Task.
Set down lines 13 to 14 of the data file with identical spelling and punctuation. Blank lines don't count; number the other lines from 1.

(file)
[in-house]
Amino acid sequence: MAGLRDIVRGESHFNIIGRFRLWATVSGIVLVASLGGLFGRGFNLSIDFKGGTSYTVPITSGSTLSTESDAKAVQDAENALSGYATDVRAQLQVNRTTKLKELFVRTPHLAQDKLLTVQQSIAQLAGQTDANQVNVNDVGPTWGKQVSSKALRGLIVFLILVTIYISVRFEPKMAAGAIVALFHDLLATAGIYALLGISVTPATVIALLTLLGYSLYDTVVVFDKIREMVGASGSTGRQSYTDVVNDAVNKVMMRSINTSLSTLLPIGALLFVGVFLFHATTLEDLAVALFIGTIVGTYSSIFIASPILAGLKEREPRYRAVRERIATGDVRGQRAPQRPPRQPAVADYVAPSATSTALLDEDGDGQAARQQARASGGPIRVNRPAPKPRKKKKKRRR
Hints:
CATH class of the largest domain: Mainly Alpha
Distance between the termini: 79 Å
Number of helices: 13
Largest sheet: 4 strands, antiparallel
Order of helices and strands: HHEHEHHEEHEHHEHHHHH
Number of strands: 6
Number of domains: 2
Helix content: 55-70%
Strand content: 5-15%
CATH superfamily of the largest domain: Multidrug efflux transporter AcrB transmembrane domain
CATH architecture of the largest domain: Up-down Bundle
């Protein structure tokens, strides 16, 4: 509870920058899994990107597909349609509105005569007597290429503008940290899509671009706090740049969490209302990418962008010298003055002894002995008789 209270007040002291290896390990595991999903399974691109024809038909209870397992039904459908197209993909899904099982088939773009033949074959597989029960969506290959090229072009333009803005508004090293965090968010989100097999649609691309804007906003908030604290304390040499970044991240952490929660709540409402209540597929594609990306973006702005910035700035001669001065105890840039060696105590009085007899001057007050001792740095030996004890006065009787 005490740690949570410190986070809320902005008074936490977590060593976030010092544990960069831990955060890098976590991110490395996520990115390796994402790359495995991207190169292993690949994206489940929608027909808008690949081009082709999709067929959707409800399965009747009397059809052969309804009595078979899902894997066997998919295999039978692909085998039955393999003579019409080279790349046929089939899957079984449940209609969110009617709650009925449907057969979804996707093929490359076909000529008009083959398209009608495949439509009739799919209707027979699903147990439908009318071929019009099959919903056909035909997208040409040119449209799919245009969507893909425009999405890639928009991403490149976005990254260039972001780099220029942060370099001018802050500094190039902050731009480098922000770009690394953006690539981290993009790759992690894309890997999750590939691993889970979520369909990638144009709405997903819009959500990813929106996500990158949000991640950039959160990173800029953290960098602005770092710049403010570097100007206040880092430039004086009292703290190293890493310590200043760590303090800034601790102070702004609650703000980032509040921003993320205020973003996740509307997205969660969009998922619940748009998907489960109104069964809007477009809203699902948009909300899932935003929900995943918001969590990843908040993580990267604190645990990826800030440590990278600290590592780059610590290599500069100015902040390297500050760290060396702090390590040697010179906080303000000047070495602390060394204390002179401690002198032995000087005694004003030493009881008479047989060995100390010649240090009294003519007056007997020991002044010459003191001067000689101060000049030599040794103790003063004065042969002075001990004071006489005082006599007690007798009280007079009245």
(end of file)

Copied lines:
CATH superfamily of the largest domain: Multidrug efflux transporter AcrB transmembrane domain
CATH architecture of the largest domain: Up-down Bundle